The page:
Abstract Androgen signaling in prostate smooth muscle cells (pSMCs) is critical for the maintenance of prostate homeostasis, the alterations of which are a central aspect in the development of pathological conditions. Testosterone can act through the classic androgen receptor (AR) in the cytoplasm, eliciting genomic signaling, or through different types of receptors located at the plasma membrane for nongenomic signaling. We aimed to find evidence of nongenomic testosterone-signaling mechanisms in pSMCs and their participation in cell proliferation, differentiation, and the modulation of the response to lipopolysaccharide. We demonstrated that pSMCs can respond to testosterone by a rapid activation of ERK1/2 and Akt. Furthermore, a pool of ARs localized at the cell surface of pSMCs is responsible for a nongenomic testosterone-induced increase in cell proliferation. Through membrane receptor stimulation, testosterone favors a muscle phenotype, indicated by an increase in smooth muscle markers. We also showed that the anti-inflammatory effects of testosterone, capable of attenuating lipopolysaccharide-induced proinflammatory actions, are promoted only by receptors located inside the cell. We postulate that testosterone might perform prohomeostatic effects through intracellular-initiated mechanisms by modulating cell proliferation and inflammation, whereas some pathological, hyperproliferative actions would be induced by membrane-initiated nongenomic signaling in pSMCs. Prostate smooth muscle cells (pSMCs) are stromal cells of the prostate gland that, along with fibroblasts, form the layer underlying the epithelial compartment (1). Under normal conditions, these cells are involved in the preservation of organ homeostasis by regulating the adjacent epithelial cells through androgen-dependent paracrine signaling (2). However, alterations in the microenvironment can induce changes in the pSMC phenotype that can affect stromal-epithelial interactions. We previously demonstrated that pSMCs dedifferentiate in response to lipopolysaccharide (LPS) to acquire a myofibroblast-like secretory profile, contributing to prostatic inflammation in vivo and in vitro (3, 4). Furthermore, pSMCs lose their normal phenotype in response to hormonal imbalance and inflammation during benign prostatic hyperplasia (BPH) (5, 6) and prostate cancer (7). Androgens, especially testosterone and its metabolite, dihydrotestosterone, are vital for prostate development and function (8). pSMCs from rat ventral prostate express high levels of classic androgen receptors (ARs) (9), and it has been demonstrated that cell morphology (10), as well as smooth muscle phenotype, are highly influenced by circulating levels of testosterone (11). We have reported an increase in the expression of smooth muscle markers in correlation with testosterone concentration in normal and inflammation-induced dedifferentiated cells in vitro (12, 13). Previous reports have also indicated that testosterone is capable of increasing prostate stromal cell proliferation (13, 14), confirming the importance of androgens as regulators of the cell cycle. Indeed, androgen blockade is of particular medical interest for the treatment of hyperproliferative conditions such as BPH or prostate cancer. Conversely, we have shown that testosterone prevents and reverts inflammation-induced proliferation by dampening the inflammatory scenario, leading to a decrease in nuclear factor κB (NF-κB) nuclear translocation and, consequently, cytokine secretion (12, 13). The mechanisms that may help explain these differential androgen effects on cell proliferation and inflammatory response have not been elucidated. Classic androgen signaling is activated when testosterone is recognized by the cytosolic AR and the complex migrates to the nucleus to bind androgen response elements (AREs) in the DNA (15). However, according to accumulated evidence, androgens and other steroid hormones can also signal through nonclassic (or nongenomic) mechanisms (16). Different types of receptors, including AR (17, 18), GPCR (19), and ZIP9 (20), induce nongenomic signaling, which produces a rapid activation of transduction pathways (18). Of note, prostate epithelial cells (21–23) and uncharacterized cells from the stromal compartment (24) respond to nongenomic androgen actions. Many of these nongenomic pathways are triggered by a population of ARs, which, likely after palmitoylation in the cytosol, translocate to the plasma membrane (25), behaving as strong activators of proliferation in prostate epithelial cells (26–29), skeletal muscle myoblasts (30), and breast cancer cells (25). Strikingly, signaling through other membrane receptors for testosterone inhibits cell proliferation in the prostatic cancer epithelial cell line LNCaP (31). Considering the diverse effects triggered by testosterone, we hypothesized that more than one signaling pathway may be activated by this hormone on pSMCs. Our aim, therefore, was to determine the presence and functionality of membrane androgen receptors (mARs) and nongenomic androgen signaling in pSMCs. Materials and Methods Animals Adult Wistar male rats (12 weeks old), weighing 250 to 350 g, were housed at the Animal Research Facility of the National University of Córdoba, Córdoba, Argentina, in air-conditioned quarters and under a controlled photoperiod (14 hours of light, 10 hours of darkness) with free access to commercial rodent food and tap water. Animal care and procedures were conducted following the recommendations of the guidelines of National Institutes of Health for the care of and use of laboratory animals. All animal experiments were approved by the committee for the care and use of experimental animals of the School of Medicine, National University of Córdoba. Cell cultures and treatments Prostate glands were obtained from six Wistar rats per culture. Cell culture protocols have been described previously (4). Briefly, tissues were minced and treated for 30 minutes with a digestion solution containing 200 U/mL collagenase type IA (Sigma-Aldrich, St. Louis, MO) in MCDB131 medium (Sigma-Aldrich). Dispersed cells were seeded on six-well culture plates and cultured in MCDB131 supplemented with 15% heat-inactivated fetal bovine serum (FBS; Internegocios, Buenos Aires, Argentina) in a humidified incubator at 37°C in a 5% CO2 atmosphere. The culture medium was replaced every 2 days until confluence, after which cells were detached and reseeded in double the number of plates. To differentiate stromal cells into pSMCs, the medium was replaced by serum-free MCDB131 supplemented with 5 mg/mL insulin, 5 mg/mL transferrin, 5 ng/mL selenite, and 2 ng/mL tumor growth factor β1 (TGFβ1; Invitrogen, Waltham, MA) for 72 hours with replacement every 24 hours. After that, pSMCs were treated with the following stimuli: testosterone (10−7 M); membrane-impermeable testosterone-3-(O-carboxymethyl)oxime and bovine serum albumin (BSA) conjugate (testosterone-BSA; Sigma-Aldrich); or its vehicles for 24 or 48 hours. Before each experiment, a new solution of testosterone-BSA was prepared and subjected to treatment with 0.05 mg/mL dextran and 50 mg/mL charcoal for 30 minutes to remove any potential contamination with free testosterone, and later was centrifuged at 3000g for 10 minutes and filtered through 0.22-µm filters (Merck Millipore, Billerica, MA) (31). For immunomodulation studies, the cells were stimulated with 1 µg/mL LPS, LPS with testosterone, or LPS with testosterone-BSA for 24 to 72 hours. For inhibitor assays, we used 10−5 M U0126 (Sigma-Aldrich), 10−7 M hydroxyflutamide (Sigma-Aldrich), or 10−8 M 2-bromopalmitate for 20 minutes before stimulation. LnCap and PC3 cell lines were provided by Dr. Chang from the University of Rochester, Rochester, New York, and maintained in Roswell Park Memorial Institute 1640 medium supplemented with 10% FBS. Cells were stimulated with LPS 10 μg/mL for 6 hours or TNFα 5ng/mL for 24 hours and subjected to RNA extraction and quantitative polymerase chain reaction (qPCR) analysis. Immunofluorescence After stimuli, pSMCs were washed with phosphate-buffered saline (PBS) and fixed with 4% formaldehyde. Cell permeabilization was performed using 0.25% triton X-100 and blocked with PBS containing 5% BSA for 30 minutes. Cells were incubated overnight in a humidified chamber with the primary antibodies listed in Table 1. Afterward, cells were washed three times with PBS and incubated with Alexa 594 anti-mouse or Alexa 594 anti-rabbit antibody for 1 hour at room temperature. Incubation with 4′,6-diamidino-2-phenylindole was used to stain cell nuclei, and coverslips were mounted using fluoromount (Sigma-Aldrich). To validate the specificity of the immunostaining, controls were performed by applying the same protocol but replacing the primary antibody with PBS containing 1% BSA. Table 1. Antibody Table Antibody Name  Technique (Concentration)  Target Antigen  Manufacturer, Catalog No.  Species Raised in; Monoclonal or Polyclonal  RRID  Reference  Mouse Anti-Human α–Smooth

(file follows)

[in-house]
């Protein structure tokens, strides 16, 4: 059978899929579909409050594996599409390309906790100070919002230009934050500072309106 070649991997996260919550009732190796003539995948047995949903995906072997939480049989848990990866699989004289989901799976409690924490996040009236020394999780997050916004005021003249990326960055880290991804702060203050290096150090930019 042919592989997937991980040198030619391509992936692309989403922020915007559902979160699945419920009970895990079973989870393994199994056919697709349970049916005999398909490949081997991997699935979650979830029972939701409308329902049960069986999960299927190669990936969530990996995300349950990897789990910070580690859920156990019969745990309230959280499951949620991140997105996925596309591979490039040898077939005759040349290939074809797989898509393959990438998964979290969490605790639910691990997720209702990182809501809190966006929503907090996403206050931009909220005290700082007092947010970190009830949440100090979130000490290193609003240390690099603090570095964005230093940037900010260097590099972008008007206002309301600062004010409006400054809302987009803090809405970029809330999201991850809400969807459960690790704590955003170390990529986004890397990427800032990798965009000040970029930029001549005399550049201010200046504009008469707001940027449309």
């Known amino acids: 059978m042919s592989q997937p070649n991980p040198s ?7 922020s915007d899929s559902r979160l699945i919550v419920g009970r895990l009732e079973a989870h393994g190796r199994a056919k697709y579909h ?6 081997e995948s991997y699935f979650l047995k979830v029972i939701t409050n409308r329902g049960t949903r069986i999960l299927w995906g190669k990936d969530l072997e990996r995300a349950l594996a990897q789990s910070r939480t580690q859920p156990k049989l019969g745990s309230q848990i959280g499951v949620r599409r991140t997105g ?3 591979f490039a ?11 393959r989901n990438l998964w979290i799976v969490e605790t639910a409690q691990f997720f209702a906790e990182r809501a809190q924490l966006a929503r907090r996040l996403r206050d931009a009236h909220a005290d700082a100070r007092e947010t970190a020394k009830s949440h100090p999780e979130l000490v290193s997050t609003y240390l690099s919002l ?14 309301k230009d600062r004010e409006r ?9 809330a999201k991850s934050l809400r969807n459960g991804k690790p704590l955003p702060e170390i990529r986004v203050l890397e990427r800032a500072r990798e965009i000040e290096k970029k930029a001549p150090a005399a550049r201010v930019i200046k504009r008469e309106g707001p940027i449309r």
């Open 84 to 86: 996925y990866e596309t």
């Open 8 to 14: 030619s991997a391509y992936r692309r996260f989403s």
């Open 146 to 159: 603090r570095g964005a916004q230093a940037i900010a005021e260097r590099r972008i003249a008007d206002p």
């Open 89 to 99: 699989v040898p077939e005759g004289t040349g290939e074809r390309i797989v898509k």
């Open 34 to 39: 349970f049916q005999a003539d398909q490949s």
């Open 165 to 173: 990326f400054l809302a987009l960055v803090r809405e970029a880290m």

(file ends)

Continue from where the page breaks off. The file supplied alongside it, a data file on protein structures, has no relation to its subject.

Muscle Actin Monoclonal Antibody  ICC (1:100); WB (1:200)  α–Smooth muscle actin human, mouse, rat  Leica Microsystems, NCL-SMA  Mouse; monoclonal  AB_442134  PMID:3312298  Anti-Vimentin Monoclonal Antibody  ICC (1:100); WB (1:300)  Vimentin human  Leica Microsystems, NCL-L-VIM-V9  Mouse; monoclonal  AB_564055  PMID: